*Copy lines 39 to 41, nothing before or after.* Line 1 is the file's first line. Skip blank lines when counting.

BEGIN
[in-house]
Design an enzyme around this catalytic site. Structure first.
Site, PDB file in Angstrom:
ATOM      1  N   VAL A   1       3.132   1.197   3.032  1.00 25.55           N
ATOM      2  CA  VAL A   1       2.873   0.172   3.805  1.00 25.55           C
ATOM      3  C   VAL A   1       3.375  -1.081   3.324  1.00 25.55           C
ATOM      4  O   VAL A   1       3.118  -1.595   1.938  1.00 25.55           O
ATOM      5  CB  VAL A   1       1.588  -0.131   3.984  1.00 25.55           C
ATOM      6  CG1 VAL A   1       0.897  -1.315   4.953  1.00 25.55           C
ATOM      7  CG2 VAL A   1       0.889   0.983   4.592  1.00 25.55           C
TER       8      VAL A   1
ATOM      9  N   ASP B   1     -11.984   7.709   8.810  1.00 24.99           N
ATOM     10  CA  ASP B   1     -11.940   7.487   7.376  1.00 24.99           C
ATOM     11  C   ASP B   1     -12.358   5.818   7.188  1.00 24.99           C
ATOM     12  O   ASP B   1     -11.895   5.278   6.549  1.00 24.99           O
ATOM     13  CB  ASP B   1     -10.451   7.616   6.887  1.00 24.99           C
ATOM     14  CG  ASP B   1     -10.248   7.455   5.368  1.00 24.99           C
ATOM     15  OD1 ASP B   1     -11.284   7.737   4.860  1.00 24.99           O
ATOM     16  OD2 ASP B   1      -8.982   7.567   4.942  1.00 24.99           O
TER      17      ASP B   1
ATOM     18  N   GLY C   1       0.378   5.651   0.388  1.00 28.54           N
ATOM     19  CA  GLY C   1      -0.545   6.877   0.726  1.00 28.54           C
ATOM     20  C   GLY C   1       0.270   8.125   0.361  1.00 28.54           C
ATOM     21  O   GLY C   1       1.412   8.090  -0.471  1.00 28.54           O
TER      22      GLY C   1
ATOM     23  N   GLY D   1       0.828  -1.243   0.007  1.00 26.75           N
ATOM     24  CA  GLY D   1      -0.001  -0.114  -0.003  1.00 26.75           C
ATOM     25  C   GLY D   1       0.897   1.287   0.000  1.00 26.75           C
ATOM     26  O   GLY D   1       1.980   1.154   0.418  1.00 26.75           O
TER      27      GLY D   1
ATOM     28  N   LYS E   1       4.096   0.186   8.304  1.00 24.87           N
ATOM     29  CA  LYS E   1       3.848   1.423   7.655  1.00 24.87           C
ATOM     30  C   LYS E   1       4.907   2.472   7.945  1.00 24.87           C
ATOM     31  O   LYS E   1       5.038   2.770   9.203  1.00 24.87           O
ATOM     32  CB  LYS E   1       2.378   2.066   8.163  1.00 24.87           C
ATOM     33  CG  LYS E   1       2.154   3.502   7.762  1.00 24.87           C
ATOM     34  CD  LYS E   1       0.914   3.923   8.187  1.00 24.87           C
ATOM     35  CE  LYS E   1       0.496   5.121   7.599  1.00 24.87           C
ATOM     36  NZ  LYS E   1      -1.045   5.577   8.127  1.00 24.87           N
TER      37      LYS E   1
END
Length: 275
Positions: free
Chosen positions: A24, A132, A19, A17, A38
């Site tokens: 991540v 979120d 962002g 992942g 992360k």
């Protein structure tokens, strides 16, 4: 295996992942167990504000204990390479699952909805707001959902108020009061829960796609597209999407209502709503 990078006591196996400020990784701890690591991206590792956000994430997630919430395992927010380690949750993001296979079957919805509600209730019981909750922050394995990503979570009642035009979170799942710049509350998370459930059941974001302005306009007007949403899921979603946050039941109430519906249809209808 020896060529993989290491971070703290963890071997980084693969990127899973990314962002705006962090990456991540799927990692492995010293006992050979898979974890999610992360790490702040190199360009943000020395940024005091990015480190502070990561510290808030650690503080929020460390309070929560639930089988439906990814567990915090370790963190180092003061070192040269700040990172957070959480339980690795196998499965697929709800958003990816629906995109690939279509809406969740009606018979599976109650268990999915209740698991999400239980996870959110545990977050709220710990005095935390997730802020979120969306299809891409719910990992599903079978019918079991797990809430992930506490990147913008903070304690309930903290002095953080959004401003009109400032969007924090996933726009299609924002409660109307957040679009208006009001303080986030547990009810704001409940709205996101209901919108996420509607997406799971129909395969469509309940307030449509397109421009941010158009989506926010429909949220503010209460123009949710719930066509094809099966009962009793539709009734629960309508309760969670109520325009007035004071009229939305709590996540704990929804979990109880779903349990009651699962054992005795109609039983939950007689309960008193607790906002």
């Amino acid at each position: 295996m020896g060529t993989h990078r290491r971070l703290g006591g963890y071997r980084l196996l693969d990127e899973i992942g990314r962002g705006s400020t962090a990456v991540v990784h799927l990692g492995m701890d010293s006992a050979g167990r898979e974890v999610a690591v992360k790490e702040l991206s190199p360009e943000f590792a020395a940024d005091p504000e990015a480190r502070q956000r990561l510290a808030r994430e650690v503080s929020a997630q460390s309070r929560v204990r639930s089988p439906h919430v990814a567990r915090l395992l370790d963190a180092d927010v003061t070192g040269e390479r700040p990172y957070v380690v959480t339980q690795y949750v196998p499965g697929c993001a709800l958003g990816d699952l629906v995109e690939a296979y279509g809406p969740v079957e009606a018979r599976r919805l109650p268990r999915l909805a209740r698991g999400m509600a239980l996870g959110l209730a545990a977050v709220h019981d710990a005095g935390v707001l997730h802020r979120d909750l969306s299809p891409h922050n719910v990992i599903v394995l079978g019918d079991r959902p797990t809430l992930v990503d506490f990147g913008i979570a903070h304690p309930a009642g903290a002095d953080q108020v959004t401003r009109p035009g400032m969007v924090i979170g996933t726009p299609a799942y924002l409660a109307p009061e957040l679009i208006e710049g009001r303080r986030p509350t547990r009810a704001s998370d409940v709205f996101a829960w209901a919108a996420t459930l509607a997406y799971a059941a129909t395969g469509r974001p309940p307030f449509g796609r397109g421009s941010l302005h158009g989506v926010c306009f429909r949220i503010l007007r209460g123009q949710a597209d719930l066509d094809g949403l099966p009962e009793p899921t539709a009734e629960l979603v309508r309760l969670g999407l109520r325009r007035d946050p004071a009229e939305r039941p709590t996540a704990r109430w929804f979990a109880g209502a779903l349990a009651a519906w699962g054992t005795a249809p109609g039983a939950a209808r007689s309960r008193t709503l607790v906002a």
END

ATOM     36  NZ  LYS E   1      -1.045   5.577   8.127  1.00 24.87           N
TER      37      LYS E   1
END